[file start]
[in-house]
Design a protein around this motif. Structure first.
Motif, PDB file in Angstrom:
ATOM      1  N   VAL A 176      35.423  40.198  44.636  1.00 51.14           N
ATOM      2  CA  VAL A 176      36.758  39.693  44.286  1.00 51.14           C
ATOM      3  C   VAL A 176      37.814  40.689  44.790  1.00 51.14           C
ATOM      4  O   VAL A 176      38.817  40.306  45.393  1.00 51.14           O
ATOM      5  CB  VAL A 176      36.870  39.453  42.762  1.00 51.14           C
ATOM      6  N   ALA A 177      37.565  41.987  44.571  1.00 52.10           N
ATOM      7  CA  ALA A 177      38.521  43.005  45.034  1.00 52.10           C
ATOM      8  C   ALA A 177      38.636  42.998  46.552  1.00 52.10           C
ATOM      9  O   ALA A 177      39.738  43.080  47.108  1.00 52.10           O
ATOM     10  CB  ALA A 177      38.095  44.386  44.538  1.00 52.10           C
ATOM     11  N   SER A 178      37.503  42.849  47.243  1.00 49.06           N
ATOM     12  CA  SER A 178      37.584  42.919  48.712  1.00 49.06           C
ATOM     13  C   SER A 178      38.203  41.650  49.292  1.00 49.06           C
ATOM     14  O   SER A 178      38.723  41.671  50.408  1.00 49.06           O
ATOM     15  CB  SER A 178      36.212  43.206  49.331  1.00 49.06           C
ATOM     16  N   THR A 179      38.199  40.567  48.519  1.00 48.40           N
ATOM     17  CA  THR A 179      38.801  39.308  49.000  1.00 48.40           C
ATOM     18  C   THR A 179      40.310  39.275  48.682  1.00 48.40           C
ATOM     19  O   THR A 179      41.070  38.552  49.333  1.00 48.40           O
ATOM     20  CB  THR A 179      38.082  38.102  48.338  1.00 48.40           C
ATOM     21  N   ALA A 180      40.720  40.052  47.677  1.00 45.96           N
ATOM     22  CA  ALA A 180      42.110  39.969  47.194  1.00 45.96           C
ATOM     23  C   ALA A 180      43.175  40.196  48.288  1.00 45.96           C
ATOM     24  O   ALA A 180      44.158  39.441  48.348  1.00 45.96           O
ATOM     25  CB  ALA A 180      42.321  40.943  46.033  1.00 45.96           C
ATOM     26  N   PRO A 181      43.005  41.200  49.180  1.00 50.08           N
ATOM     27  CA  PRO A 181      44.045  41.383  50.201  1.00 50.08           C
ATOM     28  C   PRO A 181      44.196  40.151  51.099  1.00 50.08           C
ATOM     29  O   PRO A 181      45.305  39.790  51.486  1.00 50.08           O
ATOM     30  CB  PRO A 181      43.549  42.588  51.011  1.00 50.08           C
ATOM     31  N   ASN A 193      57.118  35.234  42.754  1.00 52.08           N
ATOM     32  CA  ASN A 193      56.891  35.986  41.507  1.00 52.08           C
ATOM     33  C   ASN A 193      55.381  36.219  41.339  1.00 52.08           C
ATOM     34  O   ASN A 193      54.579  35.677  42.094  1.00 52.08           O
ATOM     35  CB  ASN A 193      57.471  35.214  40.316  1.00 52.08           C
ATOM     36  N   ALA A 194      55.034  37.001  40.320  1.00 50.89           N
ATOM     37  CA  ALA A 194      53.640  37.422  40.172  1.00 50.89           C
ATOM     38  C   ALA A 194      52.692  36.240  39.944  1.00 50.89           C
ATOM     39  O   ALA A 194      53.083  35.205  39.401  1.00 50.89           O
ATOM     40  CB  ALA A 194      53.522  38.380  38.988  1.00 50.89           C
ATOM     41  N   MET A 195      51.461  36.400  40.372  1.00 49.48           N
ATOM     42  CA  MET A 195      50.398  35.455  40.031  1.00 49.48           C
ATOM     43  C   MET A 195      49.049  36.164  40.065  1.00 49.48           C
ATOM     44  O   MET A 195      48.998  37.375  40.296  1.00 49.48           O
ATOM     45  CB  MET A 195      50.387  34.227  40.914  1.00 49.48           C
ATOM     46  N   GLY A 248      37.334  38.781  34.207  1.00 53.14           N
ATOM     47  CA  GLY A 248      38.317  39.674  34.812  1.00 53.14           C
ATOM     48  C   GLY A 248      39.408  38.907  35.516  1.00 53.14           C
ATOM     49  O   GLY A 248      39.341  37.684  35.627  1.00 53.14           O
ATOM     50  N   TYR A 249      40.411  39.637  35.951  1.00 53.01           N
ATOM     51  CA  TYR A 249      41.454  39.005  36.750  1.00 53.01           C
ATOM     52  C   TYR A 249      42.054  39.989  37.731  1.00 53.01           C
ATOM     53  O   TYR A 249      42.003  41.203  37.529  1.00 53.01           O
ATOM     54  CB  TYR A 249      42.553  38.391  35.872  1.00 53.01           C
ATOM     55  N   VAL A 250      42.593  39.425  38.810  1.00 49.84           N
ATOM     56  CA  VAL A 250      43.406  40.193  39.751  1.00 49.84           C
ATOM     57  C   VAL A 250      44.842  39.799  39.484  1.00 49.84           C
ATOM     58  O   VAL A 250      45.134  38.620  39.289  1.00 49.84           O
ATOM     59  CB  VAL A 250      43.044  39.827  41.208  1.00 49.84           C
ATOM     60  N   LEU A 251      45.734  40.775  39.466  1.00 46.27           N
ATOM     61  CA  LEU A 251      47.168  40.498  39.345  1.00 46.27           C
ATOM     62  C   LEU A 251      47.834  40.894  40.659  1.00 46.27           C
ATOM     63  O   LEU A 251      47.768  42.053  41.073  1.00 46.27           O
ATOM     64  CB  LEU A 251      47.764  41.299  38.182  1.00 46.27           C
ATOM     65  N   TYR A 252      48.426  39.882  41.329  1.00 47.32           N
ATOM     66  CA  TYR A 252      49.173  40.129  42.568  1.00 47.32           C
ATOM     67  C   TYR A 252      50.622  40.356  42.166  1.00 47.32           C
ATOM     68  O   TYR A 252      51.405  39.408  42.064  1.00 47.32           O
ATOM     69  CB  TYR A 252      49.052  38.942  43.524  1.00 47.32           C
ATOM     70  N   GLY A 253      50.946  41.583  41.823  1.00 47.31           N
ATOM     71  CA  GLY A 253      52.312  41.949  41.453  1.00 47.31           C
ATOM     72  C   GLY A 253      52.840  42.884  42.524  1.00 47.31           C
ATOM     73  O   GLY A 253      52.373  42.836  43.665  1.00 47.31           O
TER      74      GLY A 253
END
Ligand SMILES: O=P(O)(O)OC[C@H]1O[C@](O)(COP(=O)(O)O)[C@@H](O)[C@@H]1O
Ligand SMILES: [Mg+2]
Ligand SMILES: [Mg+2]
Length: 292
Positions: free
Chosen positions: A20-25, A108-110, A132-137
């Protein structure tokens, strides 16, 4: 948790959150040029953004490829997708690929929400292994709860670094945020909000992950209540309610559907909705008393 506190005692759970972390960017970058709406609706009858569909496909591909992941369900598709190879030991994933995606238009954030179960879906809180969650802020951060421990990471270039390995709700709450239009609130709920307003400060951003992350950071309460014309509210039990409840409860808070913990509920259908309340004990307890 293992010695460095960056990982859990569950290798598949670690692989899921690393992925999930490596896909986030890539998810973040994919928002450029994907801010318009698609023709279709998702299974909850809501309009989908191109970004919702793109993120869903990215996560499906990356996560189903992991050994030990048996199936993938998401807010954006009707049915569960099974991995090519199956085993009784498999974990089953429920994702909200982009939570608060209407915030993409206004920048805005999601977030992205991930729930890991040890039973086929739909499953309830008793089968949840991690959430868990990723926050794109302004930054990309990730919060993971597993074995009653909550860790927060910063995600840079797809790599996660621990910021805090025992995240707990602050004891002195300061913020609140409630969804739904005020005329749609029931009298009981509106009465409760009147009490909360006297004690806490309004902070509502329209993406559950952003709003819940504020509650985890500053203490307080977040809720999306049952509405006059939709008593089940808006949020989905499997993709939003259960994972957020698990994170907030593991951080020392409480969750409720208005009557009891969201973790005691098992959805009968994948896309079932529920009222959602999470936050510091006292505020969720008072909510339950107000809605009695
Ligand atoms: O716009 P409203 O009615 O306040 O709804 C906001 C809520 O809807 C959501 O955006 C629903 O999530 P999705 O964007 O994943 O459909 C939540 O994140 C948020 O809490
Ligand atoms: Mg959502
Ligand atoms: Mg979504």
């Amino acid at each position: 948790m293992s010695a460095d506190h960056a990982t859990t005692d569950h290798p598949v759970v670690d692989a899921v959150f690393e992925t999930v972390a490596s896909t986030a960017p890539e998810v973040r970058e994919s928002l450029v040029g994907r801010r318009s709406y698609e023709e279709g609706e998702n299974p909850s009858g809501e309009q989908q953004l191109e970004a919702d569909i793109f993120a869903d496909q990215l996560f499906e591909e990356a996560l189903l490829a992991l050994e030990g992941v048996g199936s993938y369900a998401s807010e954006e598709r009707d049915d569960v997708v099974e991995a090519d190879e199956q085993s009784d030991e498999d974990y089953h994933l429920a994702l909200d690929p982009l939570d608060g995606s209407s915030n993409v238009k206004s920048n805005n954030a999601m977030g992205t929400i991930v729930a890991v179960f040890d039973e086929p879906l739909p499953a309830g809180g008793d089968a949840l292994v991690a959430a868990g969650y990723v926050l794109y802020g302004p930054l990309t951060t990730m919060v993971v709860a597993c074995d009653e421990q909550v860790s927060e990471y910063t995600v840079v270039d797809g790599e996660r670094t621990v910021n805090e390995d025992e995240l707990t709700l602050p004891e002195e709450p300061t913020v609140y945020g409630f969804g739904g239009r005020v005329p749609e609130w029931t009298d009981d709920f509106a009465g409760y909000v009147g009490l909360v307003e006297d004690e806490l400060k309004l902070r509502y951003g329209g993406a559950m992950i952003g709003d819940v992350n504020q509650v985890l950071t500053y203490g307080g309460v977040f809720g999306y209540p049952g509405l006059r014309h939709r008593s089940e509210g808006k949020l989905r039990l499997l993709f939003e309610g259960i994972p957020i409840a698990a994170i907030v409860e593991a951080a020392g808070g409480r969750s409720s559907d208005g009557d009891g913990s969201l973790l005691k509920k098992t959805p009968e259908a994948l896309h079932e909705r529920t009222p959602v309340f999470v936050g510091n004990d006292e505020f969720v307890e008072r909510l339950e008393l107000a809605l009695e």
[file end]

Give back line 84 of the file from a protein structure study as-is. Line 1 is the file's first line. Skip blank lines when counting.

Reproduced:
Chosen positions: A20-25, A108-110, A132-137